LAWSON, Don

Don Lawson Traded as Greenglade Nominees.

Inducted into the Shell Rimula Wall of Fame at ReUnion 2006.

After completing Grade 8 at primary school, Don (Storky) Lawson left to help his crippled father on their small farmlet at Haven in Victoria.  By the time he was 16 he was cutting and carting cord wood.  Don drove his mother’s 1937 Chev truck and believes the local constable turned a “blind eye” to his sneaking around the back roads.

At the age of 18 Don attended a clearing sale and paid cash for a 56TK Bedford.  A year later he purchased a new 1957 Bedford and worked it in the local area on wood, carting hay and drummed products.

In 1959 he married Margaret Taylor and started working for Express Freight doing Melbourne, Adelaide and occasionally Sydney.  He later partnered with Ron Mills and traded in the name of Mills & Lawson until 1974.  Don also continued to do interstate trips for Express Freight.  His first trip to the west was in 1964, travelling over 800 miles of dirt in a Commer Knocker.

In 1972 Don purchased two new Atkinsons to cart polyplastic to Useless Loop but decided, a few years, later to sell out.  He spent nine years managing the loading of trucks for Brennan Holdings at Horsham.  In early 1982 Don and Margaret purchased a new Aerodyne Kenworth, the first of seven Kenworths over the next decade and moved to Mt Gambier where they traded as Greenglade Nominees.  With his eldest son Peter, they worked the Aerodyn, named Napoleon, as a “two up operation.  His youngest son, Rodney, joined the team as an apprentice in 1984.  Greenglade was one of the first companies to continually run roadtrains to the West.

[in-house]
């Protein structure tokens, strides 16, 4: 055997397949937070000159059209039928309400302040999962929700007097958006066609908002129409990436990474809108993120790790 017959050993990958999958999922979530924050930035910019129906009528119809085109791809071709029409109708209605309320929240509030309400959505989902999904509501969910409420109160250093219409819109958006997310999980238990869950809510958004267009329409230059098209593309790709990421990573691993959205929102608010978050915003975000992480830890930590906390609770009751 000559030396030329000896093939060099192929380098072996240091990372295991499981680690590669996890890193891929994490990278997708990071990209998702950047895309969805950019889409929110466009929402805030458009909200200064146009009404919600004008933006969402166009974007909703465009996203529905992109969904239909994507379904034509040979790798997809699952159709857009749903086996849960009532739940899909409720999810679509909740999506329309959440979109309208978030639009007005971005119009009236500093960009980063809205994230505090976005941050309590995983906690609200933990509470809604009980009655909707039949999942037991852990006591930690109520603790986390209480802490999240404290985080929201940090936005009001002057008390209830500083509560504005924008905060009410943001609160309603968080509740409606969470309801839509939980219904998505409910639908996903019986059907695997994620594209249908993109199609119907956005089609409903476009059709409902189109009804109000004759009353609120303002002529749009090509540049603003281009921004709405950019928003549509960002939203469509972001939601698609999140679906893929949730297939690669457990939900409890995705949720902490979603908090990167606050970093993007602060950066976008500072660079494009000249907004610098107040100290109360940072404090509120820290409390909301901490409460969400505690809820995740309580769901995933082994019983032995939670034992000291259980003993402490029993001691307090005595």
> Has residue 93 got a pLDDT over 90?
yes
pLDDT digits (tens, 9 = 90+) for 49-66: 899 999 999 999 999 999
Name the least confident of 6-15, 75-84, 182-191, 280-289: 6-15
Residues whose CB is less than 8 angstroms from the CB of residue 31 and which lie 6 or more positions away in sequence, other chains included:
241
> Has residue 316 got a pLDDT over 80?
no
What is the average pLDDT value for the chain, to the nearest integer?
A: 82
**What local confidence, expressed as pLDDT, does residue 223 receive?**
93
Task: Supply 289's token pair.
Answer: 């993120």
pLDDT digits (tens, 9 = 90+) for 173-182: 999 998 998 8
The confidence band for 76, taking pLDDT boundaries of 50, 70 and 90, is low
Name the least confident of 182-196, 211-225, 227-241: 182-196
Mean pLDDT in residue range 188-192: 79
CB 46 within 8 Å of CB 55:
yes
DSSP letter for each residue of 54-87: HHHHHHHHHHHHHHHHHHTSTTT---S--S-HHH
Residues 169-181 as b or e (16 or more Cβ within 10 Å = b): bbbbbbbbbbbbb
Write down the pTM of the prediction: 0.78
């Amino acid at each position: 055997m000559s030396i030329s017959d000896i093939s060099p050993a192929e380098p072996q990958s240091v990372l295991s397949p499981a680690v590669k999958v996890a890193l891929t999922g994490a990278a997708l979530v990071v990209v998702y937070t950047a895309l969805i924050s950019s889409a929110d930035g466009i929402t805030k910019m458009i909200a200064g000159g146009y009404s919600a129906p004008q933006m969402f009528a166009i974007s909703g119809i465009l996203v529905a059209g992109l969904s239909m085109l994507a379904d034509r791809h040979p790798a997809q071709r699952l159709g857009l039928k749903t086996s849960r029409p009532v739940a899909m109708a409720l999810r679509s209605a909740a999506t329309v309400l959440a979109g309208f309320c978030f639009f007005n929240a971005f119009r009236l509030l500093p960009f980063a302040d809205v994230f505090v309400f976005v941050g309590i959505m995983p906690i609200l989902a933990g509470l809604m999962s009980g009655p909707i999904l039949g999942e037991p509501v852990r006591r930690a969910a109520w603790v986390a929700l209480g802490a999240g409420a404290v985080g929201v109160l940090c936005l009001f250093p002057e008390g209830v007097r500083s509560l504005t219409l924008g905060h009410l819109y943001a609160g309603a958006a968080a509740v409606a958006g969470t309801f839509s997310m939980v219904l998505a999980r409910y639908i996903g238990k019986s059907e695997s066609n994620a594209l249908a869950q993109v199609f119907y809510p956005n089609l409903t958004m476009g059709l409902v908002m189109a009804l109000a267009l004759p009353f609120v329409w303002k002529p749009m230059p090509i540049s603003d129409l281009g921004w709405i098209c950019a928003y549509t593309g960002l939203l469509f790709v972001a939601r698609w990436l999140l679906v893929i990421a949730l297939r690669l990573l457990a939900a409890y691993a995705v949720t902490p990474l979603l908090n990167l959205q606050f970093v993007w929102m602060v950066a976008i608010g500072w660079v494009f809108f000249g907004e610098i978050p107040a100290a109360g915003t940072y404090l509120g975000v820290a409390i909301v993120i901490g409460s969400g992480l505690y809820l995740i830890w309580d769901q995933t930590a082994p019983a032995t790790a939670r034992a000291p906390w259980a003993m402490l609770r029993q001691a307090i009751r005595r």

Over the years the fleet grew to include a blue K100E, named True Blue, a T600 and in 1995 Rodney’s pride and joy, a T900, Napoleon II.  Up until 1989, most of his backloading consisted of 7000 horses being delivered to Peterborough, SA.   They designed a collapsible crate that packed away under the trailers.

He then hauled particle board as a base and toilet rolls out of Kimberley Clark for another ten years.  Don retired in 1999 but after a four year break drove part-time finally retiring in 2007 to enjoy life holidaying with his wife in a caravan and tending the garden.  Don considers that life is good.